Monday, March 20, 2006

Grades assign responsibility 

I saw that Katie Newmark was flabbergasted over a column by Colman McCarthy suggesting that tests of high school students are "demeaning". I'm not at all surprised, because that's this Colman McCarthy who teaches peace studies. And in that article we found at that Mr. McCarthy uses a staff teacher to issue grades. This came out because students at this school said the class "is headed by an individual with a political agenda, who wants to teach students the 'right' way of thinking by giving them facts that are skewed in one direction." If he never gives a test, and then has the grades given by a proxy, in what sense is his statement true? What he avoids is giving grades.

Grades are important because they assign some responsibility to both the student and the teacher. The student is held accountable for learning the material in the course. Why should a teacher find it demeaning to grade a student's learning? He shouldn't: The grade represents the charge we are given in teaching, not only to instruct and to correct but also to judge.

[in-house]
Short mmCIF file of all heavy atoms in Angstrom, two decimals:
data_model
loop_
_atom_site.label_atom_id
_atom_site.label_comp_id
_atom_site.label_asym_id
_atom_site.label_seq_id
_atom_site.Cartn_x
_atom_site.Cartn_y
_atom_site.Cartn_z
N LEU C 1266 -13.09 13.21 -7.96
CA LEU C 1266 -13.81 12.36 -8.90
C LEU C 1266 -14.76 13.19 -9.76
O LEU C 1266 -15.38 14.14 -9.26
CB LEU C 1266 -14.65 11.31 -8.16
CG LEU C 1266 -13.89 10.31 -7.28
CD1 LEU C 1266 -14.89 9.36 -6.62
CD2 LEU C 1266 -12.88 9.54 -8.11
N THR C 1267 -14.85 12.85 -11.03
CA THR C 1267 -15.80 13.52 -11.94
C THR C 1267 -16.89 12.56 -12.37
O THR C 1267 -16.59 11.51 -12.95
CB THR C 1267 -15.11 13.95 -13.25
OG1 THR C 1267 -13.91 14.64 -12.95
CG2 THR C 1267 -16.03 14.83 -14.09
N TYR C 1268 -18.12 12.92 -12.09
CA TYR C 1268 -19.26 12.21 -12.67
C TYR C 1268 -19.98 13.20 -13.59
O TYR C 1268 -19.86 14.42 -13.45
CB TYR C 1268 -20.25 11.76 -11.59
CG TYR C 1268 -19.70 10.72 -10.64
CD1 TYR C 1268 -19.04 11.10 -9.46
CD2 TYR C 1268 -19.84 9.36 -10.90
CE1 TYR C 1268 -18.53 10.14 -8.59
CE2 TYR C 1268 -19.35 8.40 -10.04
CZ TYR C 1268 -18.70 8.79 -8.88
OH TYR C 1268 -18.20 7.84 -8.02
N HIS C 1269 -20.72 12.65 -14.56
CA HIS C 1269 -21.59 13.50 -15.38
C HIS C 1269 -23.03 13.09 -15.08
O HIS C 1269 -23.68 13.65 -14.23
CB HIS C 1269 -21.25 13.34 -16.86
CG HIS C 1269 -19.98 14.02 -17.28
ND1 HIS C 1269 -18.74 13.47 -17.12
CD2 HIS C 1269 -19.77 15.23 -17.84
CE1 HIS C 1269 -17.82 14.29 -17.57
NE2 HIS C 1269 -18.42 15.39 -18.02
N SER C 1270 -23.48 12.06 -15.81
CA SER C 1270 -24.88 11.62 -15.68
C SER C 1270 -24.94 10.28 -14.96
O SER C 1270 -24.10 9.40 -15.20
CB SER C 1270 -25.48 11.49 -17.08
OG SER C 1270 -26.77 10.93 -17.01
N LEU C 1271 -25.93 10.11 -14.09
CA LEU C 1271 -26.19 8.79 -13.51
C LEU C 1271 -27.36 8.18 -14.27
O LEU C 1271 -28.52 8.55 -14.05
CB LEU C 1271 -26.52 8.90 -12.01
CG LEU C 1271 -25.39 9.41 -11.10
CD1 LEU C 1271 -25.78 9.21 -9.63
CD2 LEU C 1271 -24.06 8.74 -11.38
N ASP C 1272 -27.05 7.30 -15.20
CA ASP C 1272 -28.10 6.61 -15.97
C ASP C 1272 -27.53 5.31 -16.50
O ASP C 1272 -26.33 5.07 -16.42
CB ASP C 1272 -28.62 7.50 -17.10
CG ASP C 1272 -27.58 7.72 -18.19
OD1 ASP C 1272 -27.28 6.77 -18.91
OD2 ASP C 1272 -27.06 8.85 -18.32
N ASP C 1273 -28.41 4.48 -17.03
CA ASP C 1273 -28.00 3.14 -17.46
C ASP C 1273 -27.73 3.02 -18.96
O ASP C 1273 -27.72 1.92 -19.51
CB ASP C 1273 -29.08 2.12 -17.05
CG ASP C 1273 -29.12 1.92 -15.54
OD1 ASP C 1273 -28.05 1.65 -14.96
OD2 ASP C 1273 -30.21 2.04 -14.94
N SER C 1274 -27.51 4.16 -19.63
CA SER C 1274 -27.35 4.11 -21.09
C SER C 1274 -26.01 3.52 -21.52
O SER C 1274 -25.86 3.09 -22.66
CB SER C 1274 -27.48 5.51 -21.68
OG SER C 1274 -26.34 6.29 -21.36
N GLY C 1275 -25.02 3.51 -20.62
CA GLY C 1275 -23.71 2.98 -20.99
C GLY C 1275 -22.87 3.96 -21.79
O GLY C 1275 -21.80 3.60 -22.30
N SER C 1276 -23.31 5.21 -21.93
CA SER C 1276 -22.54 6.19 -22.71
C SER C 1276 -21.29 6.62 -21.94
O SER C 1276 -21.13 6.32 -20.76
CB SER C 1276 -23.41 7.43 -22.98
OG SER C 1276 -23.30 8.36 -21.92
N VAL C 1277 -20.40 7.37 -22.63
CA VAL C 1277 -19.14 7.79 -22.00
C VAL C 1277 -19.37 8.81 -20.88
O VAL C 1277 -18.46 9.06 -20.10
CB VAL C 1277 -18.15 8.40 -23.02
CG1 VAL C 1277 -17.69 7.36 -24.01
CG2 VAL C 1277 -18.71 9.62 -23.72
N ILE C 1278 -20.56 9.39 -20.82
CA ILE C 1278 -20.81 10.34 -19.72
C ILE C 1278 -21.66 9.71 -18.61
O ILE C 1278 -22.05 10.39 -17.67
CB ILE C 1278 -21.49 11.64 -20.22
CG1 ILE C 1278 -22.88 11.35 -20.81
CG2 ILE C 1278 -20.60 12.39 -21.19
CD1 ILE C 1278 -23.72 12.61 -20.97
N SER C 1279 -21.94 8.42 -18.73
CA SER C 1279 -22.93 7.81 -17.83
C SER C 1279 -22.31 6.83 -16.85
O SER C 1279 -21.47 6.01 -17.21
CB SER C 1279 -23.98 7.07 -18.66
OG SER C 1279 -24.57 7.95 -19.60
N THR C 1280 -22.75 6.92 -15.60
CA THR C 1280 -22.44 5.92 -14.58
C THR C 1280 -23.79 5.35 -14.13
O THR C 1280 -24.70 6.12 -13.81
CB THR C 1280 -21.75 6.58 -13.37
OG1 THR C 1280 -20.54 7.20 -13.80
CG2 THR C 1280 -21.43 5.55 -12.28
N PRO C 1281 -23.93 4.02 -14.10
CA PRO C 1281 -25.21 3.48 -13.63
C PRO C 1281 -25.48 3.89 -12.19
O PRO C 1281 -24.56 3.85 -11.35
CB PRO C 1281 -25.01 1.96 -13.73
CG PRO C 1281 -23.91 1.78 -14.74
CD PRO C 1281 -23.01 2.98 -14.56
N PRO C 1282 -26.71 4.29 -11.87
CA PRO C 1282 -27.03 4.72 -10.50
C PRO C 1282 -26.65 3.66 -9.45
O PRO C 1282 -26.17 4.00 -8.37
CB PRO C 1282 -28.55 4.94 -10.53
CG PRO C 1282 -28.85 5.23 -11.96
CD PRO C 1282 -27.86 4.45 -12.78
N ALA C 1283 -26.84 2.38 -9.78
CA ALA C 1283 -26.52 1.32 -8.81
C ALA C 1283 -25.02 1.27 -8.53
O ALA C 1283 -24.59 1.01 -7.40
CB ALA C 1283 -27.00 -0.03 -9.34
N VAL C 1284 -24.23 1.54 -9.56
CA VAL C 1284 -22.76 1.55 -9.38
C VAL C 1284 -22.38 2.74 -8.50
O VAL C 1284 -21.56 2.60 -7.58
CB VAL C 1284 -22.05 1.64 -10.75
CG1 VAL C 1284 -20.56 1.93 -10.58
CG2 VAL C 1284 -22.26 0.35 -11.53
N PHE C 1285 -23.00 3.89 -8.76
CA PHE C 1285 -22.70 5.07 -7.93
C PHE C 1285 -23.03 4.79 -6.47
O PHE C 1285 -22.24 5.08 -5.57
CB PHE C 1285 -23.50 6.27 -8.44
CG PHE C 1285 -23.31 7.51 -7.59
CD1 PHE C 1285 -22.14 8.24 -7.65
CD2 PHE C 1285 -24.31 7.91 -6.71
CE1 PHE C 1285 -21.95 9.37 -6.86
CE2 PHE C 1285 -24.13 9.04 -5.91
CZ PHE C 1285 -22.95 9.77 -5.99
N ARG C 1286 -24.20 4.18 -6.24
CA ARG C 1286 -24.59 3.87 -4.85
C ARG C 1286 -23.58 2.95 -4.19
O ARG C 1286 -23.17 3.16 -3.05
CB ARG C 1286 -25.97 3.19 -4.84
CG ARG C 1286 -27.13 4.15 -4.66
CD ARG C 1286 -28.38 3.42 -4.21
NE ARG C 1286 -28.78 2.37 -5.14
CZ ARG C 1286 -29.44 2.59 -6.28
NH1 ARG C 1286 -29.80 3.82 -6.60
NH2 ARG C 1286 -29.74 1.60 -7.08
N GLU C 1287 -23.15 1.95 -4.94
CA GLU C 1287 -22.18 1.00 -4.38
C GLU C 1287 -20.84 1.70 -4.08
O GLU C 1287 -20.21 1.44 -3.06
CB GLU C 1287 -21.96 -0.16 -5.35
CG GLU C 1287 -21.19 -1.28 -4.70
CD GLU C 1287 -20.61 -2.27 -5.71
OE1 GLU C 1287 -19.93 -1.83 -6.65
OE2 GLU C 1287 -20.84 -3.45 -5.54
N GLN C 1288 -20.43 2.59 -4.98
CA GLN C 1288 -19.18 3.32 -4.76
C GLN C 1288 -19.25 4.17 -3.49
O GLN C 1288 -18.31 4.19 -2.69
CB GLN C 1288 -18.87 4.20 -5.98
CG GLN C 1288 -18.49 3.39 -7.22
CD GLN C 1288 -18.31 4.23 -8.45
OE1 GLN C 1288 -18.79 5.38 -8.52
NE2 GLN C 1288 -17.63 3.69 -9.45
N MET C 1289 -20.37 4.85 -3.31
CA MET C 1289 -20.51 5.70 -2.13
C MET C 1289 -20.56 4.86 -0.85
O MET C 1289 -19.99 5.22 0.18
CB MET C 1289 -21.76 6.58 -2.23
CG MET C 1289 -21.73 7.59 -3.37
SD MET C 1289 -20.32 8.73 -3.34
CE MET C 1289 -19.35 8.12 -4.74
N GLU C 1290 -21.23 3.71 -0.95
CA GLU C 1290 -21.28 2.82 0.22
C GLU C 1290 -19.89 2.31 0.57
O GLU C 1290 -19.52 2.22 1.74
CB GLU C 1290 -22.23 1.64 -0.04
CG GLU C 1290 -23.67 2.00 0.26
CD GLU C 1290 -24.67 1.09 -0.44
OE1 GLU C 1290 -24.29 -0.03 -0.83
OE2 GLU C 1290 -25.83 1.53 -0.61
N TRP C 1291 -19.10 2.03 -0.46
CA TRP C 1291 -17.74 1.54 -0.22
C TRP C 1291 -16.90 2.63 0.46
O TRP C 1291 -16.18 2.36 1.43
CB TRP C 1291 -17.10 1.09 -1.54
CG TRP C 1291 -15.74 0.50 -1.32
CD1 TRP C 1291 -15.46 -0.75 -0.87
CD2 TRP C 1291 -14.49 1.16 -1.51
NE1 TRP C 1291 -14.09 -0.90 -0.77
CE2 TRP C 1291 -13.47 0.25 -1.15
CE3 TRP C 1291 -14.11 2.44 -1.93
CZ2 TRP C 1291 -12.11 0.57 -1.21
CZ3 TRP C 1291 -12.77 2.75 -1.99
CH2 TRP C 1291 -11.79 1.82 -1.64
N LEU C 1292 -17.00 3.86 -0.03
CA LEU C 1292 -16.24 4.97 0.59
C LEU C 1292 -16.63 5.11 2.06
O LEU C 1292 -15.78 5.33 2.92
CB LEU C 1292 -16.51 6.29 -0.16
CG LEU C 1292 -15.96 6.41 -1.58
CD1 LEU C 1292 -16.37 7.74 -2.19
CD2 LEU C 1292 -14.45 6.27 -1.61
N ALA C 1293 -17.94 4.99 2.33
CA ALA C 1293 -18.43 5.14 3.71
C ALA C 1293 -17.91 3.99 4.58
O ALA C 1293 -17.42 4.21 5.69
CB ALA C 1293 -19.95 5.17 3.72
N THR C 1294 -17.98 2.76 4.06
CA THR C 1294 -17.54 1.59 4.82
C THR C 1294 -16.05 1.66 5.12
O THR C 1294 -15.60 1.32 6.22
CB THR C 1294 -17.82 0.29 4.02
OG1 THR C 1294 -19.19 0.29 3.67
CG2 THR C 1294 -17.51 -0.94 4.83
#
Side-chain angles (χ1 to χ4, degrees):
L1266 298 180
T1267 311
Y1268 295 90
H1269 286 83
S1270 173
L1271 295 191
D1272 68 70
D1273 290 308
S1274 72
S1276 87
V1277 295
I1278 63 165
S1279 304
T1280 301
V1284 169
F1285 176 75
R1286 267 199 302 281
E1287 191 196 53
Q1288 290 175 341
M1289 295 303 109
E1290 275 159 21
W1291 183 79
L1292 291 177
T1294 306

Mr. McCarthy isn't a teacher at all. He's a lecturer who wants an audience that is uncritical. Students will regard a teacher critically when they know they may receive poor grades, and that's fine. If you can't hold up to the criticism, get the heck out of the classroom. And since he's not a teacher, McCarthy's got no business giving exams and doesn't have an informed opinion on the topic Matthews discussed. Only because of his status as a retired columnist for the WaPo is McCarthy allowed to write to Matthews on its editorial page. What a waste of space.